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Assam Festival Lifestyle

Koni juj popular ethnic game of the indigenous Assamese people

Koni juj is a popular ethic game of the indigenous Assamese people. It is celebrated during Rongali Bihu.

Time Of Game

It is played during the Rongali Bihu in mid-April. It is played with several other ethnic games like cock fight and bullfight, ‘hati juj’ (elephant fight), ‘kori khel, and archery besides several other interesting games.


The Assamese term ‘koni’ means egg while the other term ‘juj’ refers to fight. Therefore, ‘koni juj’ connotes egg fight.

This popular game signifies the basically agrarian spirit of the Assamese community and is linked with the fertility of agricultural land.

The Assamese people dwell in the north-eastern Indian state of Assam.


This iconic ethnic game is played on two occasions: on the day of ‘Goru Bihu’ (the agrarian festival of Bihu when the cattle are bathed in natural water sources); and on the day of Bhogali Bihu – celebrated after the lighting of the ‘meji’.

Rongali Bihu is celebrated during both of the three Bihus: one falling in mid-April (before sowing); and the other celebrated in mid-January (after harvesting).

Literature evidence: Several authors have written about this ethnic game. Assamese author Hem Borgohain penned descriptively about this game in his book “Bihu Akou Aahil”. Royals were very fond of this game just as the general citizens were.

The writer — Nilutpal Gogoi is an entrepreneur, senior journalist, writer, translator (from Assamese to English & vice versa), avid traveller, British English Accent & grammar trainer, educationist, and martial arts (Taekwondo) practitioner.

Assam Festival

Kaziranga Elephant Festival by the Tourism & Forest Department, Assam

The Kaziranga Elephant Festival is an internationally popular event. The event is held in globally known as the National Park of Kaziranga in Assam.


The Government of Assam sponsors this Festival.

The event is jointly managed by the Tourism and the Forest Department of Assam.


This Festival is organised annually.


It was first held in 2002.


The ‘Kaziranga Elephant Festival’ is generally held in the month of February.


The prime objective behind this Festival is to create awareness about the causes of man-elephant conflict especially in the areas and fringe locations surrounding the National Park.

The tourist attraction fest further focusses on the conservation an protection of the highly endangered and exotic Asiatic elephant.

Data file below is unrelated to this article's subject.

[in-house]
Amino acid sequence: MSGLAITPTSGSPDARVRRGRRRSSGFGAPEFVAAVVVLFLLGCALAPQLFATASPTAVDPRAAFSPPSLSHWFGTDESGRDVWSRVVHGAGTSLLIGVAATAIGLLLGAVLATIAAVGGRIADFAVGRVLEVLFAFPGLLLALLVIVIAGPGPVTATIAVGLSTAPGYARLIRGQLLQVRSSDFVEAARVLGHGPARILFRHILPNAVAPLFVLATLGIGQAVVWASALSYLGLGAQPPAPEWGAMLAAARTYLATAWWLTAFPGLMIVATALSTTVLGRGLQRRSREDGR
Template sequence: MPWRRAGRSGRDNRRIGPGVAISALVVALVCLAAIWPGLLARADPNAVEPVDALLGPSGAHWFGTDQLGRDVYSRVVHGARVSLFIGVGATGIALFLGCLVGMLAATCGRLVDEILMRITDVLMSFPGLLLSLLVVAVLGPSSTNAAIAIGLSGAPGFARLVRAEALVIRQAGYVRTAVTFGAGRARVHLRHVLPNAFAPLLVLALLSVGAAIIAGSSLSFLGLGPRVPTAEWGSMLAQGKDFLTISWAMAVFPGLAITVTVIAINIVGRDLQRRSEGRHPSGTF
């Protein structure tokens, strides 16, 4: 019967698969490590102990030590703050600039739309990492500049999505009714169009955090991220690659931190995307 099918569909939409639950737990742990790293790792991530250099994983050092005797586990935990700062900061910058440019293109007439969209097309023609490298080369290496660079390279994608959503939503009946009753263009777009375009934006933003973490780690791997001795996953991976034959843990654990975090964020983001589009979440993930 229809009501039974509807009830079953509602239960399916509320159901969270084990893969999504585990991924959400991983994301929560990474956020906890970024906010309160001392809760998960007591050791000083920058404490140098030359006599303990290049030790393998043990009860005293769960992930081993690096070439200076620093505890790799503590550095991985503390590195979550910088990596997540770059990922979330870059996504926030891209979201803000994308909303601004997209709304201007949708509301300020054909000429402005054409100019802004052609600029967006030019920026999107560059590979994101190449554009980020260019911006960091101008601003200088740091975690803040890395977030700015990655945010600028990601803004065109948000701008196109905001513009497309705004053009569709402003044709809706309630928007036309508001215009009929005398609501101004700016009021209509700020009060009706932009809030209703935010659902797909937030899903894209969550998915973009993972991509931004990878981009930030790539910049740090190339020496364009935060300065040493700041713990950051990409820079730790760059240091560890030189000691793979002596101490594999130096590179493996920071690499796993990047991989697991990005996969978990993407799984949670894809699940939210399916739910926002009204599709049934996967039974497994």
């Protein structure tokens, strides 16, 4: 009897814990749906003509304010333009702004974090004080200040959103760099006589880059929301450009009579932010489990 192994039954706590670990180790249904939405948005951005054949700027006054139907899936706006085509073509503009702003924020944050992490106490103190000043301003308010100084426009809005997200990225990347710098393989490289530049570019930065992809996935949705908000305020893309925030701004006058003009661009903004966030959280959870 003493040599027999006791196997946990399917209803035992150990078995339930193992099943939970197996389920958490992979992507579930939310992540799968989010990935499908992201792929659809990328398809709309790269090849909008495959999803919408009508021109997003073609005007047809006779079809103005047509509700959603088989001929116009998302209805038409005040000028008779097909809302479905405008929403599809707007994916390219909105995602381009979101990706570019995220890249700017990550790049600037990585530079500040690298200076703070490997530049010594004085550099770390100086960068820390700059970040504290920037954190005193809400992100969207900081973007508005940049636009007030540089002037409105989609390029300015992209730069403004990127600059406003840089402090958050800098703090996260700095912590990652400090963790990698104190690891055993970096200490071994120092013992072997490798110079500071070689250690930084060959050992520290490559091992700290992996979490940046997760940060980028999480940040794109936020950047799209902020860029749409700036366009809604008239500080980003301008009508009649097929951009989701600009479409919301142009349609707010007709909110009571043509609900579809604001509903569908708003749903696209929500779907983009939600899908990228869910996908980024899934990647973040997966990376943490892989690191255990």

Kaziranga Elephant Festival

The yearly elephant festival held in the Kaziranga National Park of Assam has an objective. It is to highlight and find ways to resolve the increasing man-elephant conflicts.


The highlight of ‘Kaziranga Elephant Festival’ is the herd of hundreds of Asiatic elephants (domestic). They offer a majestically colorful picture.

Each of them is decked up from head to toe.

These pachyderms joyfully participate in in the mega event. They take part in races, parade, dance, and sports like football.


The ‘Kaziranga National Park’ is the oldest park of the north-eastern State.

Spread across 430 sq km, the Park is situated across two districts of the Indian State. These are Golaghat and Nagaon.

The extensive National Park meanders along the Brahmaputra River on the northern side and the hills of Karbi Anglong district on the southern direction.

Assam Festival

The Techxetra a techno-cultural festival held in Tezpur University

‘TechXetra’ is held in Tezpur University, India. It is a national level techno-cultural festival.


The term ‘TechXetra’ is coined from two words: ‘Tech’ and ‘Xetra’. Therefore, ‘Tech’ points to ‘technology’ while ‘Xetra’ connotes terrain. TechXetra’ is often referred to as ‘Tx’ across the social networking websites.


It offers a common platform to both non-engineering and engineering students across India to exhibit their intellect, skill and knowledge.

TechXetra is a blend of various management and technical events. The participants also enjoy cultural events during each day of the mega event.


TechXetra was founded in October 1988.


It is sponsored by the management of Tezpur University.


The Techxetra Techno Cultural Festival
Photo Credit Kavya Barnadhya

The non-profit techno-management and cultural annual event is organised entirely by the students of the Central higher educational institution of Tezpur University in Assam – one of the eight north-eastern states if India.


The motto of ‘Expanding the Frontiers of Technology’.

WEBSITE: The official website is


The major five events of Techxetra are Robotics, Full Throttle, D’ Colloseum, Impulse, Creation, management events, various workshops, and Nirmaan.


In Robotics the participants compete to build and design Robots according to laid down norms. They can do so automatically or manually.


‘Colloseum’ is a highly solicited gaming event. It features five globally popular PC games.
The participating teams test their skill and mettle against other teams in various gaming events.


The teams competing during ‘TechXetra’ showcase management brains. The events are ‘Dalal Street’, ‘B-plan’, and ‘Ad vantage’. These prime attractions feature high voltage drama.

The personality test is known as ‘D Hot seat’.


TechXetra features technical workshops. The topics are quite challenging each year.


During ‘Creation’ the participants exhibit their creativity in the event christened ‘Digi-shooting’. Here, they use cameras. They can do so by mobile shooting as well. There is also ‘Wrangle’ – the debating event, and imaginative events like the ‘Mirage’ and ‘Wordsmith’.


During ‘Techxetra’, these are the structure maker contests while ‘Circuitrix’ tests software skills, and decoding expertise.


Techxetra features four cultural nights of cultural events. These are confluence of classical, rock, western and eastern genre of music.

Well-known musicians of the country are invited to participate during these cultural nights. Besides, a ramp show is held where the participants exhibit attires. The icing on the cake is the Dj nite. Award-winning movies are also screened in the auditorium of the Tezpur University during this festival.

Assam Festival

‘The Guwahati Theatre Festival’ an annual festival by G Plus

‘The Guwahati Theatre Festival’ is held by G Plus – a weekly tabloid news magazine published from Guwahati – the gateway to North-East India.


The objective of this festival is to give a common platform to various groups involved in theatre.